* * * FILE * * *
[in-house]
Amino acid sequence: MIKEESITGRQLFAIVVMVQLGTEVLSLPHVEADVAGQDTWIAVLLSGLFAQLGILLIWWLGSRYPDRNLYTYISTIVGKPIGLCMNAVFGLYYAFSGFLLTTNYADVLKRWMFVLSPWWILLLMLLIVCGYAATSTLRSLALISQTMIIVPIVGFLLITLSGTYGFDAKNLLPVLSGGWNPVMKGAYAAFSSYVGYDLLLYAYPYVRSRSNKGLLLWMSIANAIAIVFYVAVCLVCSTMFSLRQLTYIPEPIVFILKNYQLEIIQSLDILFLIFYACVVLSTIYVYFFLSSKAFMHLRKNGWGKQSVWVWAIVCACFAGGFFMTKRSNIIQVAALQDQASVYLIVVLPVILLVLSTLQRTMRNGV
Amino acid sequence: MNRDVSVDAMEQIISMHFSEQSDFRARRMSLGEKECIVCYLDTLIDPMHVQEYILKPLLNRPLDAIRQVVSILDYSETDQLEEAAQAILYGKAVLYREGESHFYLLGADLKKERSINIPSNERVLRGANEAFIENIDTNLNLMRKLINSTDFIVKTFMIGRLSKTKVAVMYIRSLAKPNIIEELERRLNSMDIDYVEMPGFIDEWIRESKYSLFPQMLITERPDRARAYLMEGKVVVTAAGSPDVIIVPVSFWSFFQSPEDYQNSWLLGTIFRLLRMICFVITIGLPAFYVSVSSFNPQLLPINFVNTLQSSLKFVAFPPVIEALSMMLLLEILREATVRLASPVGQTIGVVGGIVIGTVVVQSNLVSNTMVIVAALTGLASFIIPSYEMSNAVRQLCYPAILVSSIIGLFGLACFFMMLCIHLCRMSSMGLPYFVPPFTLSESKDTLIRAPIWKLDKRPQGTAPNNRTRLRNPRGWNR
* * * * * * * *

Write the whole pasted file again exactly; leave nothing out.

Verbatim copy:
[in-house]
Amino acid sequence: MIKEESITGRQLFAIVVMVQLGTEVLSLPHVEADVAGQDTWIAVLLSGLFAQLGILLIWWLGSRYPDRNLYTYISTIVGKPIGLCMNAVFGLYYAFSGFLLTTNYADVLKRWMFVLSPWWILLLMLLIVCGYAATSTLRSLALISQTMIIVPIVGFLLITLSGTYGFDAKNLLPVLSGGWNPVMKGAYAAFSSYVGYDLLLYAYPYVRSRSNKGLLLWMSIANAIAIVFYVAVCLVCSTMFSLRQLTYIPEPIVFILKNYQLEIIQSLDILFLIFYACVVLSTIYVYFFLSSKAFMHLRKNGWGKQSVWVWAIVCACFAGGFFMTKRSNIIQVAALQDQASVYLIVVLPVILLVLSTLQRTMRNGV
Amino acid sequence: MNRDVSVDAMEQIISMHFSEQSDFRARRMSLGEKECIVCYLDTLIDPMHVQEYILKPLLNRPLDAIRQVVSILDYSETDQLEEAAQAILYGKAVLYREGESHFYLLGADLKKERSINIPSNERVLRGANEAFIENIDTNLNLMRKLINSTDFIVKTFMIGRLSKTKVAVMYIRSLAKPNIIEELERRLNSMDIDYVEMPGFIDEWIRESKYSLFPQMLITERPDRARAYLMEGKVVVTAAGSPDVIIVPVSFWSFFQSPEDYQNSWLLGTIFRLLRMICFVITIGLPAFYVSVSSFNPQLLPINFVNTLQSSLKFVAFPPVIEALSMMLLLEILREATVRLASPVGQTIGVVGGIVIGTVVVQSNLVSNTMVIVAALTGLASFIIPSYEMSNAVRQLCYPAILVSSIIGLFGLACFFMMLCIHLCRMSSMGLPYFVPPFTLSESKDTLIRAPIWKLDKRPQGTAPNNRTRLRNPRGWNR